Rapid eye movement sleep deprivation decreases membrane fluidity in the rat brain

Mallick, Birendra Nath ; Thakkar, Mahesh ; Gangabhagirathi, R. (1995) Rapid eye movement sleep deprivation decreases membrane fluidity in the rat brain Neuroscience Research, 22 (1). pp. 117-122. ISSN 0168-0102

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Official URL: http://www.sciencedirect.com/science/article/pii/0...

Related URL: http://dx.doi.org/10.1016/0168-0102(95)93696-Y


In this study we examined the effects of rapid eye movement sleep (REMS) deprivation on synaptosomal and microsomal membrane fluidity by studying 1,6-diphenyl-1,3,5-hexatriene (DPH) fluorescence polarization in control as well as REMS-deprived rats. The flower pot technique was used to perform 24, 48 and 96 h REMS deprivation. Suitable control experiments were carried out to rule out the nonspecific effects. The results showed that DPH fluorescence polarization increased both in the microsome as well as in the synaptosome in REMS-deprived animals, except in the cerebellum, indicating that there was a generalized decrease in membrane fluidity in the rat brain. The alterations in membrane fluidity returned to baseline upon recovery from REMS deprivation. Control experiments suggested that the alterations were primarily caused by REMS deprivation and not due to nonspecific effects. This finding supports REMS deprivation induced other changes reported earlier. This increase in membrane rigidity could be at least one of the possibilities for REMS loss induced alterations in physiological phenomena including membrane bound enzyme activities and receptor densities.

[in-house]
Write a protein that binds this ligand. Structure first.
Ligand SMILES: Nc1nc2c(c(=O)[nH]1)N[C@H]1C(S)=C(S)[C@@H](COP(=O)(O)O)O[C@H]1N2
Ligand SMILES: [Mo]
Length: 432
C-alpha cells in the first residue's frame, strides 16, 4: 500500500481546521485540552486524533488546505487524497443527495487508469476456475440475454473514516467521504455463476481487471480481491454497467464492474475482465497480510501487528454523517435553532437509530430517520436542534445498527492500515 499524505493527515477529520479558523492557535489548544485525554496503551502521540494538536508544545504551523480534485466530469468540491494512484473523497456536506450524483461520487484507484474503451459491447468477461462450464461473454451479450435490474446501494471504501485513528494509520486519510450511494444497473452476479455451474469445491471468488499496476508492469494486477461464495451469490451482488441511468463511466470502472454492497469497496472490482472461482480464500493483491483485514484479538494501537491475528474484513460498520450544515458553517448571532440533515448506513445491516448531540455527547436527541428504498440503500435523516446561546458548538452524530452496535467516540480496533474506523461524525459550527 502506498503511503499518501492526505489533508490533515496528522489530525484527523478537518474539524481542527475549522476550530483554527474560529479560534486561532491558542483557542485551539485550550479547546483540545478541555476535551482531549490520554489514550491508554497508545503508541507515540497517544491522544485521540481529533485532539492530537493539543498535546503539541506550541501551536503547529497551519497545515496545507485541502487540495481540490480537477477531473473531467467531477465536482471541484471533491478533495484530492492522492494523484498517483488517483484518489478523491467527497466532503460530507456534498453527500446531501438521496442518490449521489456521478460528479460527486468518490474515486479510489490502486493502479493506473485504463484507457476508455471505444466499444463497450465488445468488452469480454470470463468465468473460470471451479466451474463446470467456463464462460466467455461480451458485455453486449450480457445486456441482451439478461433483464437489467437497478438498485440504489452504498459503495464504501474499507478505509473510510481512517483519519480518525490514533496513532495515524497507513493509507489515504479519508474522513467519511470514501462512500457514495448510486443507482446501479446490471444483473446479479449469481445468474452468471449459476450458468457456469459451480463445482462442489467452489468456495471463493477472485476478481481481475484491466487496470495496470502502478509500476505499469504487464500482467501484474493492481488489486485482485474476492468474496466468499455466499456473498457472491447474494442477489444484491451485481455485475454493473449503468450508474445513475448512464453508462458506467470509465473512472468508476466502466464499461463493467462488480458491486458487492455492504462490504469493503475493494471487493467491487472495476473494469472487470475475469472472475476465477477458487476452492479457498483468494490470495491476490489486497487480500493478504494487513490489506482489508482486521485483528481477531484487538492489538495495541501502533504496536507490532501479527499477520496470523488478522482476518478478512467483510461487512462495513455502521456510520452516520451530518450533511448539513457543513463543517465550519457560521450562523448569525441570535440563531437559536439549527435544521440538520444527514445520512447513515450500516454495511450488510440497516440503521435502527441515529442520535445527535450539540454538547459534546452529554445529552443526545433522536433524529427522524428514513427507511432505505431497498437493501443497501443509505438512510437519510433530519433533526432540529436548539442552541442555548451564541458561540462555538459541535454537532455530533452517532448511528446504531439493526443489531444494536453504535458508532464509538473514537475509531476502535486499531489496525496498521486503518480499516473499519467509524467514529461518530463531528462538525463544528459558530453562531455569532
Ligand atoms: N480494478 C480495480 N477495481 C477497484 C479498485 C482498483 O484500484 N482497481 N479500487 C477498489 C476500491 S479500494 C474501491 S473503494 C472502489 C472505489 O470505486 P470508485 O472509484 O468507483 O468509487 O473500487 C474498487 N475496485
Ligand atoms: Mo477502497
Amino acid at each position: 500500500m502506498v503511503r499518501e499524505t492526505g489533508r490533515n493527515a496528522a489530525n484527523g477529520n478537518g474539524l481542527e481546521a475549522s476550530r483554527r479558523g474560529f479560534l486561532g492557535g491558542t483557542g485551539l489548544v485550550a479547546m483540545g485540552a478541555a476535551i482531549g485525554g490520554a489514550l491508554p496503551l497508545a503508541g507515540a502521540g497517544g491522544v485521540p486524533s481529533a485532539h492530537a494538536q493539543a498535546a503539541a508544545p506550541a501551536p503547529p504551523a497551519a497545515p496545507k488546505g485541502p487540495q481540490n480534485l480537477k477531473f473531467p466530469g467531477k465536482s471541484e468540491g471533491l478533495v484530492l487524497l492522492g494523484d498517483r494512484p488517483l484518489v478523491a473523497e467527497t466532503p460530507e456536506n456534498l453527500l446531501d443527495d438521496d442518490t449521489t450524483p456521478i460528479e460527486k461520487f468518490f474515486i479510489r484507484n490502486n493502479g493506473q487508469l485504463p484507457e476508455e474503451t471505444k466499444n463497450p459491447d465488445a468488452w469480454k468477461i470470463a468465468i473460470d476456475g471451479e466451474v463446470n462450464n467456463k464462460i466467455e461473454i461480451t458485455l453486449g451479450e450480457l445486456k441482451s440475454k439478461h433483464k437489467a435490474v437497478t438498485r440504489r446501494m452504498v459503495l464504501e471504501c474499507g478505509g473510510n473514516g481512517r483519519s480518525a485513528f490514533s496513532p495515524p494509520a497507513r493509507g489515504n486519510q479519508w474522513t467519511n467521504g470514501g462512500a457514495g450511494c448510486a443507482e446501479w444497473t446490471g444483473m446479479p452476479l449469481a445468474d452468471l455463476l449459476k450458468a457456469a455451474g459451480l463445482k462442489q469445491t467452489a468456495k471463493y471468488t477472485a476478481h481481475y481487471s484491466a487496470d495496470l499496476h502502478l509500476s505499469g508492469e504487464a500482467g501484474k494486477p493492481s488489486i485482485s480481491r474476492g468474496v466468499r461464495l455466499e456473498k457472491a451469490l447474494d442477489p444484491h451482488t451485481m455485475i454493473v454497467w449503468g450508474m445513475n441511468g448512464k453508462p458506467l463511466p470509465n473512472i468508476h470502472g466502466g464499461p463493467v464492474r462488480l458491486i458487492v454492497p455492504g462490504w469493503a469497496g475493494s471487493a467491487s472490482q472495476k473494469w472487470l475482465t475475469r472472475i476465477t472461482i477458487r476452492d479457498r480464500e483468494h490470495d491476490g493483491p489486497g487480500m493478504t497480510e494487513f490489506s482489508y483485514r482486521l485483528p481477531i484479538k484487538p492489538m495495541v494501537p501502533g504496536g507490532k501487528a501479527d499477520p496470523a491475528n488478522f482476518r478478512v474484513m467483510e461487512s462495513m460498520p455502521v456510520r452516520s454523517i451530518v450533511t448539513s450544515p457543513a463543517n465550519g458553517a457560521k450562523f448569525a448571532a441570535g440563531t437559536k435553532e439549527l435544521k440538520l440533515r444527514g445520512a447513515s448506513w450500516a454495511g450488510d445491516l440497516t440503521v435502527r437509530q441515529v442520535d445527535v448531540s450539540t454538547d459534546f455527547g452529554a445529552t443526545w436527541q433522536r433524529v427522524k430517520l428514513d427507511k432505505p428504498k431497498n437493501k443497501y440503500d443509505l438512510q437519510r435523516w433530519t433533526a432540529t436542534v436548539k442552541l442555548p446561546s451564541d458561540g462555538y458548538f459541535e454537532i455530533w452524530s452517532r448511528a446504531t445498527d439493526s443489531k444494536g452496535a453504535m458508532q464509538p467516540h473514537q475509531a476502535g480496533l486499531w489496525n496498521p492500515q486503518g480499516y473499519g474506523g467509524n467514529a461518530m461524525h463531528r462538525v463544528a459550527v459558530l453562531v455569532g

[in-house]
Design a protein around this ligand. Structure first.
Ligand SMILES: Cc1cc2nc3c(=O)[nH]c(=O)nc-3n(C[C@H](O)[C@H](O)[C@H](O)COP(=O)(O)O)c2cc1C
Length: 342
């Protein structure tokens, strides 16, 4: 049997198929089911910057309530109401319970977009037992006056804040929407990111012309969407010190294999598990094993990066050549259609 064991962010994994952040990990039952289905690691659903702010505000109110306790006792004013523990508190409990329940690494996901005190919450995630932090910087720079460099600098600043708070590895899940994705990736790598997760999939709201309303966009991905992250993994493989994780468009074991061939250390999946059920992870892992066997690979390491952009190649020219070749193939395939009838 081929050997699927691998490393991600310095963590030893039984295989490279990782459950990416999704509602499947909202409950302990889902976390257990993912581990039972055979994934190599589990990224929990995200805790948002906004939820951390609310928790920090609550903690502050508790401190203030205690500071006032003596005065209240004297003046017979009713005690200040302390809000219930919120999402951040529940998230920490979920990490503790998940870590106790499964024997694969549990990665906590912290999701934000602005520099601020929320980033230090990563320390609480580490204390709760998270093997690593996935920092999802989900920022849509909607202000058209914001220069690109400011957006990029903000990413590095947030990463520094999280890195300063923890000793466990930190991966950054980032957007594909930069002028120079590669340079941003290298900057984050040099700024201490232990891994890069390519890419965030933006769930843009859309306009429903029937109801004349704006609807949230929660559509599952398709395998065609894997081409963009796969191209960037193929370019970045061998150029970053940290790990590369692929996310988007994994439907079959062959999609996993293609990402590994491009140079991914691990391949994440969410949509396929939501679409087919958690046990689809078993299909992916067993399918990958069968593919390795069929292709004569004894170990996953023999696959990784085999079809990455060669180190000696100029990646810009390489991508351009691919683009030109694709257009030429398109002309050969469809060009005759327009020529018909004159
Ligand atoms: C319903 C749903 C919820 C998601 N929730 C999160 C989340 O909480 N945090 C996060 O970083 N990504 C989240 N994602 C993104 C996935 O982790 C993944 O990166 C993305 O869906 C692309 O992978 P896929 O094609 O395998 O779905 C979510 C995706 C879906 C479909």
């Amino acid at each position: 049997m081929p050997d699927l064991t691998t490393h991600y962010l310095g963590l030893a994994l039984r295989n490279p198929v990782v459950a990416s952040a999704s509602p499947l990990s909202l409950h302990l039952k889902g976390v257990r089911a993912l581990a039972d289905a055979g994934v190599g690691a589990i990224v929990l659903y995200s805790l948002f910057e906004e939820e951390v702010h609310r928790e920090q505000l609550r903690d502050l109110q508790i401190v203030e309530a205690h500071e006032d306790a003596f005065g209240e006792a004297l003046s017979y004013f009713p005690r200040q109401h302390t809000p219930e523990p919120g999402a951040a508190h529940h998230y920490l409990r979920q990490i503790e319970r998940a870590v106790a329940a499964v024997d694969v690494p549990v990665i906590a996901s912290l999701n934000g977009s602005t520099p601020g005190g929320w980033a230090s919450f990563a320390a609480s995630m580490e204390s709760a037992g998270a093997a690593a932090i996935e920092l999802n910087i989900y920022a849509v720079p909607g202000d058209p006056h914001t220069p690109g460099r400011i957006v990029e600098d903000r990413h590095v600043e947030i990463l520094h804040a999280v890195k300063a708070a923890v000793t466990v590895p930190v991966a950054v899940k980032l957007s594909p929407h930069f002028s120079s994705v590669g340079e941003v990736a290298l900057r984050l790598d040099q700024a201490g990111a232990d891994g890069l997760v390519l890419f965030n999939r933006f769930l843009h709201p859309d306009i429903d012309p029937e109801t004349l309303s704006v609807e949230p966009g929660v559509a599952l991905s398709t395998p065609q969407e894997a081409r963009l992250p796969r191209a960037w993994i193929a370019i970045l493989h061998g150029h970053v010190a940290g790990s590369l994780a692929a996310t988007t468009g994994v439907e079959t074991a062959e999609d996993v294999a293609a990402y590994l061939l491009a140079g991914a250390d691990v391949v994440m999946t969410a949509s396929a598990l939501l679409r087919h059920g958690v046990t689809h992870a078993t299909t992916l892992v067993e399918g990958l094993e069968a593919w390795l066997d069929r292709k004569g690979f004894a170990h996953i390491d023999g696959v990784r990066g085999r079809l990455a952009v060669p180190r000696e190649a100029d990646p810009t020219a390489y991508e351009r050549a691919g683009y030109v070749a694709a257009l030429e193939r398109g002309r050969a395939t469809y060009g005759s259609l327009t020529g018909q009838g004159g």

Item Type:Article
Source:Copyright of this article belongs to Elsevier Science.
Keywords:1,6-diphenyl-1,3,5-hexatriene; Deprivation; Fluidity; Fluorescence Polarization; Membrane; Platform; Rapid Eye Movement; Sleep
ID Code:63680
Deposited On:29 Sep 2011 06:18
Last Modified:29 Sep 2011 06:18

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